It’s been quite a while that a game has become such an object of scrutiny as Too Human. Sure, there are always debates about big releases like Metal Gear Solid 4 and GTA 4, and on and on. However, those debates are somewhat even between the sides. Too Human, though, has been dumped on by nearly everyone, it seems, well before it came out. Ten years (or was it actually four?) in the making, Xbox 360 exclusivity, and one aggressively involved development team President later, can Too Human manage to climb out of it’s pre-made grave?
From the start, you’ll notice the graphics are fair; nice and shiny, but somewhat dated. The frame-rate manages to keep up most of the time, but you may experience some slowdown during battles with lots of friends and foes on-screen, with explosions and such pushing just a bit much. Neither of these issues are a big deal, though they are worth mentioning. Another nagging issue is with collision detection of the various game boundaries. In many cases, it seems like you should be able to jump over or walk around something, but invisible, extended collision prevents you from doing so (such as areas where you can walk around a railing to the other side, but you can jump over it – say what?). Perhaps this is a personal gripe, but I think adding invisible barriers is a non-creative way of expressing limits and adds more to the already present feel of linearity throughout the game.
Yes, linearity is abundant in Too Human, both in the real world and Cyberspace. Since I mentioned it, Cyberspace can be entered through pools located in the real world. Generally, these areas present a simple puzzle (like pushing a door open or knocking a tree over with your force-like push skill, which is only accessible through Cyberspace. Either way, Cyberspace is just as linear as the rest of the game. While this overall linearity may or may not be viewed as a negative, it can create a degree of disconnect with immersion.
When it comes to action, of which there is plenty, all the stuff going on is quite impressive. Getting used to how combat works can take a bit of getting used to. The Right Thumbstick is used for melee combat, not camera movement, as most people are familiar with. While it is different, it’s also pretty well thought out. The best advice is not to lift your thumb off the stick while in combat, just rotate and you’ll rack up the combos. It’s a pretty cool and different system; a nice change of pace. Camera control, on the other hand, can be tricky since the LB is used to center/control camera movement. This system is also not bad, but can be unwieldy when you need to turn around or need to get a specific angle.
As far as being an epic production, Too Human doesn’t quite reach that level. The in-game cinematics are sometimes interesting, but can also be corny at times. The voice-acting is also fair, but neither the cinemas or voice-overs help at inspiring the ‘epic’ feel that this game tries to achieve. There are definitely moments that you’ll be impressed by, such as when Baldur travels the moving bridge for meetings with Heimdall, but those are generally few and far between.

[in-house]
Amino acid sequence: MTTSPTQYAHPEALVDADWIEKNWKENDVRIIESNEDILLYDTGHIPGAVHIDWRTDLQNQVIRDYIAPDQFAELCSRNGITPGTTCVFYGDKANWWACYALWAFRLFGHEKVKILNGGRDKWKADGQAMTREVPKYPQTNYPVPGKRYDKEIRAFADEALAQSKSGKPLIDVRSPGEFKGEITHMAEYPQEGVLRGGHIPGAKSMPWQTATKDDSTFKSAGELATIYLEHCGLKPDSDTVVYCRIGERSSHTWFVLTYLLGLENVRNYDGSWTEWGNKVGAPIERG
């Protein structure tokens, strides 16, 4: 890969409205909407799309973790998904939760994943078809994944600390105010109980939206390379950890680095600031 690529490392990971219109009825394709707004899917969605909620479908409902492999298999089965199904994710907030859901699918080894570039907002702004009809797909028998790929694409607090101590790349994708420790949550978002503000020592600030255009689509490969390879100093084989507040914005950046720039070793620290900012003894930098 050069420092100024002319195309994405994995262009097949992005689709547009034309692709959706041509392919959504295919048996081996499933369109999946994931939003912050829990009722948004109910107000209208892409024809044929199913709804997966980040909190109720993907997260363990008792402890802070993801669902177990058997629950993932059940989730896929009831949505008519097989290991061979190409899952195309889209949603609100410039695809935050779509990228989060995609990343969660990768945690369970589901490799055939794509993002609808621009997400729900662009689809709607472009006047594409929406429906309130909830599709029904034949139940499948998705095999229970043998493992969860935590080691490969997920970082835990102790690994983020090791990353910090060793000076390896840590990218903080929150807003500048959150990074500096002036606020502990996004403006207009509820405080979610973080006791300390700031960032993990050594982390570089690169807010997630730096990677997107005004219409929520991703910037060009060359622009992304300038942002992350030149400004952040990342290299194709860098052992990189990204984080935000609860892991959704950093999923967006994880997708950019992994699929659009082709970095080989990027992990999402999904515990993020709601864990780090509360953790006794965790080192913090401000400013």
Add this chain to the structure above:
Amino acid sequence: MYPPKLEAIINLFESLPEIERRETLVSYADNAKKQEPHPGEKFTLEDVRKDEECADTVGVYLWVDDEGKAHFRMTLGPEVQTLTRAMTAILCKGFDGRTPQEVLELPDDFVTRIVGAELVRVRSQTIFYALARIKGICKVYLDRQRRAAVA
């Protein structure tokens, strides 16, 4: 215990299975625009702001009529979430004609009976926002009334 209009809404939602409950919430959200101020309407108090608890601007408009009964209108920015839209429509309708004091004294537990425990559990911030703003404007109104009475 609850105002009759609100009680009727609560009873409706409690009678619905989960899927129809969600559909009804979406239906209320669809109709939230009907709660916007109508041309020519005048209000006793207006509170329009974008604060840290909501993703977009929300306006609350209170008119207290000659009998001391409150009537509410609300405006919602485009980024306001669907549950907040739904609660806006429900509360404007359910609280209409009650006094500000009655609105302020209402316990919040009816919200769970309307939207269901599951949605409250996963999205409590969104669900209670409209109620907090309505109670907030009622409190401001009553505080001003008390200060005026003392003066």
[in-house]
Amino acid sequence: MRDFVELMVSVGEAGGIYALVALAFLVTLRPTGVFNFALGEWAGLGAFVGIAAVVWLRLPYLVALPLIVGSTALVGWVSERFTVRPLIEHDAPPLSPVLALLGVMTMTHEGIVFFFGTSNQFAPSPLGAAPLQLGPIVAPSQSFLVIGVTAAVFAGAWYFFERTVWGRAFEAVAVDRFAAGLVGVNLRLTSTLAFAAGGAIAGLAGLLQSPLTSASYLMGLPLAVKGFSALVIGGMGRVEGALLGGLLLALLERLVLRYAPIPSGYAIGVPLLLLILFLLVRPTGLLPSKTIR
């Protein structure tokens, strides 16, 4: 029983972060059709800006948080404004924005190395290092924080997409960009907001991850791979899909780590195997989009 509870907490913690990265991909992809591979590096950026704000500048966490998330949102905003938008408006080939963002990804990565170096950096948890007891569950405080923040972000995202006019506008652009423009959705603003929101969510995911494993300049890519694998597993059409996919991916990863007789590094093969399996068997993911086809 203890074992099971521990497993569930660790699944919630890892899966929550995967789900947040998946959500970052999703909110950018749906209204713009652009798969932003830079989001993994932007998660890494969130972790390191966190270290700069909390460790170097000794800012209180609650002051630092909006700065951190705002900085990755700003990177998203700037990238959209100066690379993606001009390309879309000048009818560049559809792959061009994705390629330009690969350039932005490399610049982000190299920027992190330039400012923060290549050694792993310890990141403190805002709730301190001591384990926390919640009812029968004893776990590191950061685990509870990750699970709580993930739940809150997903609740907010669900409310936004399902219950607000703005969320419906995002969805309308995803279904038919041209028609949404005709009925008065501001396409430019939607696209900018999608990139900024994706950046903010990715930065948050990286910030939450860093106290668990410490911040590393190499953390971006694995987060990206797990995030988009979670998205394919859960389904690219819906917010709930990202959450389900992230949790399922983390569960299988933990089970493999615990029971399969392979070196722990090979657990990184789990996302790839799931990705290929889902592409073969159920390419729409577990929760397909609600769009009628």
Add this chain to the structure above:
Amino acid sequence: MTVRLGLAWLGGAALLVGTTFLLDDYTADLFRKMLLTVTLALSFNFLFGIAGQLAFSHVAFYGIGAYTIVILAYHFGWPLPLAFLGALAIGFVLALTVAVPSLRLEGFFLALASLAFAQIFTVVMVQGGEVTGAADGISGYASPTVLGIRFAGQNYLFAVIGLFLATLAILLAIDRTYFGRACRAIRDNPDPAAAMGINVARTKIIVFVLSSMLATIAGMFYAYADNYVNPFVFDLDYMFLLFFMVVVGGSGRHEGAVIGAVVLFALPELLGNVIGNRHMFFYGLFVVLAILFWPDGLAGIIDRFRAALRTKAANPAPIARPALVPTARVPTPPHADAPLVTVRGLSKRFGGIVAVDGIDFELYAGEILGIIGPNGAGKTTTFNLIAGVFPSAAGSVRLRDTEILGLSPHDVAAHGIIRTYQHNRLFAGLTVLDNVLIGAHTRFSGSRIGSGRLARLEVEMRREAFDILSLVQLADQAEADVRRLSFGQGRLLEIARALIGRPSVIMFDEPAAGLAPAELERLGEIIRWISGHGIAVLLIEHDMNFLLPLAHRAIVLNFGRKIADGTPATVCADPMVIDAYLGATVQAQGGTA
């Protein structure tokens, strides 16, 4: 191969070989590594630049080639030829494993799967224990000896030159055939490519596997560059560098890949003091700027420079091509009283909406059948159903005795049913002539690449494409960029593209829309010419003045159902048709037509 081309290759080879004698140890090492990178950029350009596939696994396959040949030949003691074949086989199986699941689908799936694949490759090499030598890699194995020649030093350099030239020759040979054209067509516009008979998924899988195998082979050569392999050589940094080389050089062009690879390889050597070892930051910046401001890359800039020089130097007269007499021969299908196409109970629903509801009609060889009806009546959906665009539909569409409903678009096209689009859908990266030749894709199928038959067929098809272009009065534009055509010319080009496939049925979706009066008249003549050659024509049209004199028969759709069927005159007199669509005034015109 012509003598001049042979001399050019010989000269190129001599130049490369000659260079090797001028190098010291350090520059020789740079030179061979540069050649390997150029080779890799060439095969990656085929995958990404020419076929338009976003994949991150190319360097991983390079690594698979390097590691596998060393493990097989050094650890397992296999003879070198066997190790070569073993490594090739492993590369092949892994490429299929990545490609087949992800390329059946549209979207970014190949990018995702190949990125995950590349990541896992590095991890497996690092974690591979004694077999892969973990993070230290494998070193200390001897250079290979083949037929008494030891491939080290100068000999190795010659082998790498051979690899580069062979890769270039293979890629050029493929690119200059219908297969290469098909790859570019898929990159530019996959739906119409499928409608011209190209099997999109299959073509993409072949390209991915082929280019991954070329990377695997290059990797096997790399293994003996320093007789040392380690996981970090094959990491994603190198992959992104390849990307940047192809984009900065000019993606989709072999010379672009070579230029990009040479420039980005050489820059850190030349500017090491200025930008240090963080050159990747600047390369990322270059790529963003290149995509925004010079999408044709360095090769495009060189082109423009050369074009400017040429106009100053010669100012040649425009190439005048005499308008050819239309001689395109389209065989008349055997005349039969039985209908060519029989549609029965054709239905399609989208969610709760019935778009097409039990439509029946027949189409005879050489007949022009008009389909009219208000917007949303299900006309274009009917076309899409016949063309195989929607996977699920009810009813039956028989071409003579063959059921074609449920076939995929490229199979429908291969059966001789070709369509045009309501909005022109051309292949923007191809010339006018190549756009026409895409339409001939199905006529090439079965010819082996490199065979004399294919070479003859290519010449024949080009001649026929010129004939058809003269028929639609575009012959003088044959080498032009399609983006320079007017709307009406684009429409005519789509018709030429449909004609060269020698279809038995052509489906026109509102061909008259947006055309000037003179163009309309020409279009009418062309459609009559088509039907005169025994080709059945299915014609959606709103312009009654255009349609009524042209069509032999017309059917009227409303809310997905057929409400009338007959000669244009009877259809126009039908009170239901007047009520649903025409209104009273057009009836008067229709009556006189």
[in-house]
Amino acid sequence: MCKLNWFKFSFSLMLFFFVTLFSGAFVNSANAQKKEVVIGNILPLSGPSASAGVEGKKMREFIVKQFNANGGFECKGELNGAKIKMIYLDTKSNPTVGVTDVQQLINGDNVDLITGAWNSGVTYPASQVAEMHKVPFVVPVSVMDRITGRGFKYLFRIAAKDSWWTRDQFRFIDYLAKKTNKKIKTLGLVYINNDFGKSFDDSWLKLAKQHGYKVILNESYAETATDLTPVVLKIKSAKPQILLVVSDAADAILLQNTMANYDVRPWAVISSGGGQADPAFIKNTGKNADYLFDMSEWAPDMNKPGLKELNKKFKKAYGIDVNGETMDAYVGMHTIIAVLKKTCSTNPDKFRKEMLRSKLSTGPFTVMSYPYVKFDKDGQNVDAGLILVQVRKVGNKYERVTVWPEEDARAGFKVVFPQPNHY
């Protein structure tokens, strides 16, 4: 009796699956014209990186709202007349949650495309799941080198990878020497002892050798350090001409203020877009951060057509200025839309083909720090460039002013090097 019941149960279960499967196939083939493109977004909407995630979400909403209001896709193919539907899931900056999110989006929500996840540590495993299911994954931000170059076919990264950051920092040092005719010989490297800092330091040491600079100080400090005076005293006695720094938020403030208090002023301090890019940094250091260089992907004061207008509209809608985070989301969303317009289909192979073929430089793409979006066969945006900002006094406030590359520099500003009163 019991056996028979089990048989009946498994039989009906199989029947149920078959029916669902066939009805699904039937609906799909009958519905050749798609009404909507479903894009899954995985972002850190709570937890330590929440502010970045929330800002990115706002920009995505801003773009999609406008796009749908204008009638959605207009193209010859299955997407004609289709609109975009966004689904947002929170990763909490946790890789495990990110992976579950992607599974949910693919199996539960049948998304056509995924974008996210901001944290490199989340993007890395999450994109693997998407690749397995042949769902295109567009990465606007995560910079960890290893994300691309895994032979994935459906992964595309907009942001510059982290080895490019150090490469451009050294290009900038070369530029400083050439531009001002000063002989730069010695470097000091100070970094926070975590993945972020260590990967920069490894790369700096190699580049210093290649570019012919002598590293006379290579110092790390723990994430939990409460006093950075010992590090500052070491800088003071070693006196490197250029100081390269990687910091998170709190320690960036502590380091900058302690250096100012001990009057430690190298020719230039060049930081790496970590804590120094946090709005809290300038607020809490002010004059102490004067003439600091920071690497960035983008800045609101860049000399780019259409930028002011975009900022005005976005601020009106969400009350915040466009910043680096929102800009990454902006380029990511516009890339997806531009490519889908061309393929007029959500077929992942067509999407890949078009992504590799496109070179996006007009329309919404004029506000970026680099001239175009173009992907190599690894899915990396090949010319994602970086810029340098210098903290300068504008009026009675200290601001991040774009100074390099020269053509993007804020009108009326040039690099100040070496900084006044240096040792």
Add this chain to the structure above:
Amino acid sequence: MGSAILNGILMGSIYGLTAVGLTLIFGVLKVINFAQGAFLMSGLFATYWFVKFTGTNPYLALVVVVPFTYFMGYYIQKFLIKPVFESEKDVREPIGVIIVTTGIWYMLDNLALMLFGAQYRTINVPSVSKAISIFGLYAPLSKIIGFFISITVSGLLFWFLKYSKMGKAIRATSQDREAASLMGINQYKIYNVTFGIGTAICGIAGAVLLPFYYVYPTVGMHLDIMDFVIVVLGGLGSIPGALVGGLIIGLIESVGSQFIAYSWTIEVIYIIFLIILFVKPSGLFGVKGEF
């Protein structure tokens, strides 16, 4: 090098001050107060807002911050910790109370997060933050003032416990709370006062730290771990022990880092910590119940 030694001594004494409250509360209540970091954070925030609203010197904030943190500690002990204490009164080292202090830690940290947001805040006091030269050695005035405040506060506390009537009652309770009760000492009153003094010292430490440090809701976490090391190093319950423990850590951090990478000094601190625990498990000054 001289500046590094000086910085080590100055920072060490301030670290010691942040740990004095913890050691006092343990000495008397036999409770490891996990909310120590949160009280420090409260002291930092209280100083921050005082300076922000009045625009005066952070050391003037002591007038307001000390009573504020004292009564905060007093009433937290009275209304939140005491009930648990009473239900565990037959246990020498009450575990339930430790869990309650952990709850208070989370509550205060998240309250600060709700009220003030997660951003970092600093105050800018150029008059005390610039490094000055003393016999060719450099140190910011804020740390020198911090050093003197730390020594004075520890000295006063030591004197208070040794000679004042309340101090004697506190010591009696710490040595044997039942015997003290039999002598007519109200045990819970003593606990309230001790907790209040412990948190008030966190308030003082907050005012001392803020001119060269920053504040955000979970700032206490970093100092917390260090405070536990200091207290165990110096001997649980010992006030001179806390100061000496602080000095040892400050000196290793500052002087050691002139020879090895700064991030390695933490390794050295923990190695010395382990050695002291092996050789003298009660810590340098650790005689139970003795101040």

It should be known that AI friendlies seem to appear and disappear, often at times when you think they should be with you. Oddly enough, though, it doesn’t seem to help if your allies are around; generally they just get killed and make the same comments over and over.
You can expect about fifteen hours of gameplay (if you take your time collecting stuff). However, with five different character classes, all of which can be customized in terms of ability points, skills, and gear, you’ll probably want to play through a couple times. Regardless of classes and skill trees, you will be presented with the option to follow the Human path or the Cybernetic one right after you defeat the first boss. This permanent choice unlocks another skill tree; the Human path sticks more to strength and smarts, while the Cybernetic path favors technology and gadgets. The question is will you want to play through again and, honestly, I think most would say yes. If you don’t mind repetition and item hoarding, there’s really nothing else out there on the X360 that can offer similar. The lack of loading screens is pretty impressive, given the decent amount of detail and number of objects moving around all at once.
Too Human is an interesting take on a futuristic, Norse mythology-based world. It’s fun and packed with great action, not to mention plenty of objects to chase and collect. If you need an action fix that hasn’t yet been scratched by previous X360 games, check it out! Truly, regardless of how long this game took to make, it simply won’t capture any glory for this good, but not great, action/adventure. At any rate, it is a fun experience that is worth a rent, or possibly a discounted purchase.